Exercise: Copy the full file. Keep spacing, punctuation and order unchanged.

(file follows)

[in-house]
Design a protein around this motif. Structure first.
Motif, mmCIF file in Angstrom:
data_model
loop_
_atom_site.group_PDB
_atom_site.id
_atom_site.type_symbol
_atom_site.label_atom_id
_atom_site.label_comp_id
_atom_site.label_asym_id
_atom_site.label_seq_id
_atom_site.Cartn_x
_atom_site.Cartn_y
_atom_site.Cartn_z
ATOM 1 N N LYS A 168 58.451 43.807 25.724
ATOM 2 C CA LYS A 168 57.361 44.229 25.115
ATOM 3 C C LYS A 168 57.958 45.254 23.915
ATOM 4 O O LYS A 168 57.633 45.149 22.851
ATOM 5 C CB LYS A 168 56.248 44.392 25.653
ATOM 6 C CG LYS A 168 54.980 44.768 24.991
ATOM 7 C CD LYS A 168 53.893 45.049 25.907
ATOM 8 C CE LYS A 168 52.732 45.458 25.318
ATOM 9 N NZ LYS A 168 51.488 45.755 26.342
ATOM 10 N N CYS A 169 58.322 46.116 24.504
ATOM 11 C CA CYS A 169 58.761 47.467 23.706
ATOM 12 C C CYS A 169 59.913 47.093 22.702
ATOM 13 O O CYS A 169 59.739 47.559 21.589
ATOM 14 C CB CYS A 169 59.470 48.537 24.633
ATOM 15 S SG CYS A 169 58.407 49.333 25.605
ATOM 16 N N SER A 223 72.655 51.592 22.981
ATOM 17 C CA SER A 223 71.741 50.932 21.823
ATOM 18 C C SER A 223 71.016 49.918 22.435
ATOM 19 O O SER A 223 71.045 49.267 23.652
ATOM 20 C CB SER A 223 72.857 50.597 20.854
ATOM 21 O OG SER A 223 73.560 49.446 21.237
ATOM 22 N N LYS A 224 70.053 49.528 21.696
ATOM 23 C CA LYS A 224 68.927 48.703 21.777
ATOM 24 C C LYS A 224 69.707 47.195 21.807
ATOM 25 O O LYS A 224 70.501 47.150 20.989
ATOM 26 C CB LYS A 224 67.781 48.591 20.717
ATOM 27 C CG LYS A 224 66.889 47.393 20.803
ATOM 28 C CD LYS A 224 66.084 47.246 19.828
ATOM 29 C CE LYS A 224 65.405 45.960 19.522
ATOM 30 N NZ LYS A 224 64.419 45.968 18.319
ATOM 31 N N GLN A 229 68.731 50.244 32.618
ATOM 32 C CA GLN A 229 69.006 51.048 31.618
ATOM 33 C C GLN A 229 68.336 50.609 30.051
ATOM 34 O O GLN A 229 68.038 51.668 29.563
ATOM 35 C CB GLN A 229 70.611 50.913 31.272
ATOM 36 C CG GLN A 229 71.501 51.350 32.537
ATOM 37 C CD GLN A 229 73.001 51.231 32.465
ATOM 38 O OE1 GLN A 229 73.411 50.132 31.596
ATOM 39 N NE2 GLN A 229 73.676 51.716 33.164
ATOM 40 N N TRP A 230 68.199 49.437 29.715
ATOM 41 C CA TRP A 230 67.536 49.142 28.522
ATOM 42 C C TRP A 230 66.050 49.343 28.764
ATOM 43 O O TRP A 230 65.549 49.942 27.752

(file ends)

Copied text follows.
[in-house]
Design a protein around this motif. Structure first.
Motif, mmCIF file in Angstrom:
data_model
loop_
_atom_site.group_PDB
_atom_site.id
_atom_site.type_symbol
_atom_site.label_atom_id
_atom_site.label_comp_id
_atom_site.label_asym_id
_atom_site.label_seq_id
_atom_site.Cartn_x
_atom_site.Cartn_y
_atom_site.Cartn_z
ATOM 1 N N LYS A 168 58.451 43.807 25.724
ATOM 2 C CA LYS A 168 57.361 44.229 25.115
ATOM 3 C C LYS A 168 57.958 45.254 23.915
ATOM 4 O O LYS A 168 57.633 45.149 22.851
ATOM 5 C CB LYS A 168 56.248 44.392 25.653
ATOM 6 C CG LYS A 168 54.980 44.768 24.991
ATOM 7 C CD LYS A 168 53.893 45.049 25.907
ATOM 8 C CE LYS A 168 52.732 45.458 25.318
ATOM 9 N NZ LYS A 168 51.488 45.755 26.342
ATOM 10 N N CYS A 169 58.322 46.116 24.504
ATOM 11 C CA CYS A 169 58.761 47.467 23.706
ATOM 12 C C CYS A 169 59.913 47.093 22.702
ATOM 13 O O CYS A 169 59.739 47.559 21.589
ATOM 14 C CB CYS A 169 59.470 48.537 24.633
ATOM 15 S SG CYS A 169 58.407 49.333 25.605
ATOM 16 N N SER A 223 72.655 51.592 22.981
ATOM 17 C CA SER A 223 71.741 50.932 21.823
ATOM 18 C C SER A 223 71.016 49.918 22.435
ATOM 19 O O SER A 223 71.045 49.267 23.652
ATOM 20 C CB SER A 223 72.857 50.597 20.854
ATOM 21 O OG SER A 223 73.560 49.446 21.237
ATOM 22 N N LYS A 224 70.053 49.528 21.696
ATOM 23 C CA LYS A 224 68.927 48.703 21.777
ATOM 24 C C LYS A 224 69.707 47.195 21.807
ATOM 25 O O LYS A 224 70.501 47.150 20.989
ATOM 26 C CB LYS A 224 67.781 48.591 20.717
ATOM 27 C CG LYS A 224 66.889 47.393 20.803
ATOM 28 C CD LYS A 224 66.084 47.246 19.828
ATOM 29 C CE LYS A 224 65.405 45.960 19.522
ATOM 30 N NZ LYS A 224 64.419 45.968 18.319
ATOM 31 N N GLN A 229 68.731 50.244 32.618
ATOM 32 C CA GLN A 229 69.006 51.048 31.618
ATOM 33 C C GLN A 229 68.336 50.609 30.051
ATOM 34 O O GLN A 229 68.038 51.668 29.563
ATOM 35 C CB GLN A 229 70.611 50.913 31.272
ATOM 36 C CG GLN A 229 71.501 51.350 32.537
ATOM 37 C CD GLN A 229 73.001 51.231 32.465
ATOM 38 O OE1 GLN A 229 73.411 50.132 31.596
ATOM 39 N NE2 GLN A 229 73.676 51.716 33.164
ATOM 40 N N TRP A 230 68.199 49.437 29.715
ATOM 41 C CA TRP A 230 67.536 49.142 28.522
ATOM 42 C C TRP A 230 66.050 49.343 28.764
ATOM 43 O O TRP A 230 65.549 49.942 27.752